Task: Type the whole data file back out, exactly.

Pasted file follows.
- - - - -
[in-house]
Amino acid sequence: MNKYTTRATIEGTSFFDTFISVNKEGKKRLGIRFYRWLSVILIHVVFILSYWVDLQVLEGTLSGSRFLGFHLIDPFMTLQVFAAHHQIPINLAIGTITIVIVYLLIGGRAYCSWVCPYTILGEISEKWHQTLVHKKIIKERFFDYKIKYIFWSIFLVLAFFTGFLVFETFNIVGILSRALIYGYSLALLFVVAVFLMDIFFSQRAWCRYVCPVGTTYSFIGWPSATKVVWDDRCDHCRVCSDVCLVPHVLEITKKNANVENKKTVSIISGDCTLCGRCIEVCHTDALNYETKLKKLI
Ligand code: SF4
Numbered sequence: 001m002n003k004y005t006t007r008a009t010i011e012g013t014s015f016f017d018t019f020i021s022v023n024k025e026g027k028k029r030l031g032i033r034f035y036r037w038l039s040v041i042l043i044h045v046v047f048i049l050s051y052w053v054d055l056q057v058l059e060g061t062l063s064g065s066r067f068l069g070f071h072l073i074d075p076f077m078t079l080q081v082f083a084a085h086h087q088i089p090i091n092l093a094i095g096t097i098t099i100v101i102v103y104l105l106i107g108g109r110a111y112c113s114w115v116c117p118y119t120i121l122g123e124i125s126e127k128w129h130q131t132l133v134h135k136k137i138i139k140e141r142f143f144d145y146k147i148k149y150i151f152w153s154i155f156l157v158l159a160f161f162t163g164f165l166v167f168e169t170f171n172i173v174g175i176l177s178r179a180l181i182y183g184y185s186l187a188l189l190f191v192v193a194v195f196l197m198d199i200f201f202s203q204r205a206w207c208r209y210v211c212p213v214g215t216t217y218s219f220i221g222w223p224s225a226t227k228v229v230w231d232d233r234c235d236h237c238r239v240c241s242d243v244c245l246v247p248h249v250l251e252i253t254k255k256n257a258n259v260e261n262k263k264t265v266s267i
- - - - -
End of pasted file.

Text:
[in-house]
Amino acid sequence: MNKYTTRATIEGTSFFDTFISVNKEGKKRLGIRFYRWLSVILIHVVFILSYWVDLQVLEGTLSGSRFLGFHLIDPFMTLQVFAAHHQIPINLAIGTITIVIVYLLIGGRAYCSWVCPYTILGEISEKWHQTLVHKKIIKERFFDYKIKYIFWSIFLVLAFFTGFLVFETFNIVGILSRALIYGYSLALLFVVAVFLMDIFFSQRAWCRYVCPVGTTYSFIGWPSATKVVWDDRCDHCRVCSDVCLVPHVLEITKKNANVENKKTVSIISGDCTLCGRCIEVCHTDALNYETKLKKLI
Ligand code: SF4
Numbered sequence: 001m002n003k004y005t006t007r008a009t010i011e012g013t014s015f016f017d018t019f020i021s022v023n024k025e026g027k028k029r030l031g032i033r034f035y036r037w038l039s040v041i042l043i044h045v046v047f048i049l050s051y052w053v054d055l056q057v058l059e060g061t062l063s064g065s066r067f068l069g070f071h072l073i074d075p076f077m078t079l080q081v082f083a084a085h086h087q088i089p090i091n092l093a094i095g096t097i098t099i100v101i102v103y104l105l106i107g108g109r110a111y112c113s114w115v116c117p118y119t120i121l122g123e124i125s126e127k128w129h130q131t132l133v134h135k136k137i138i139k140e141r142f143f144d145y146k147i148k149y150i151f152w153s154i155f156l157v158l159a160f161f162t163g164f165l166v167f168e169t170f171n172i173v174g175i176l177s178r179a180l181i182y183g184y185s186l187a188l189l190f191v192v193a194v195f196l197m198d199i200f201f202s203q204r205a206w207c208r209y210v211c212p213v214g215t216t217y218s219f220i221g222w223p224s225a226t227k228v229v230w231d232d233r234c235d236h237c238r239v240c241s242d243v244c245l246v247p248h249v250l251e252i253t254k255k256n257a258n259v260e261n262k263k264t265v266s267i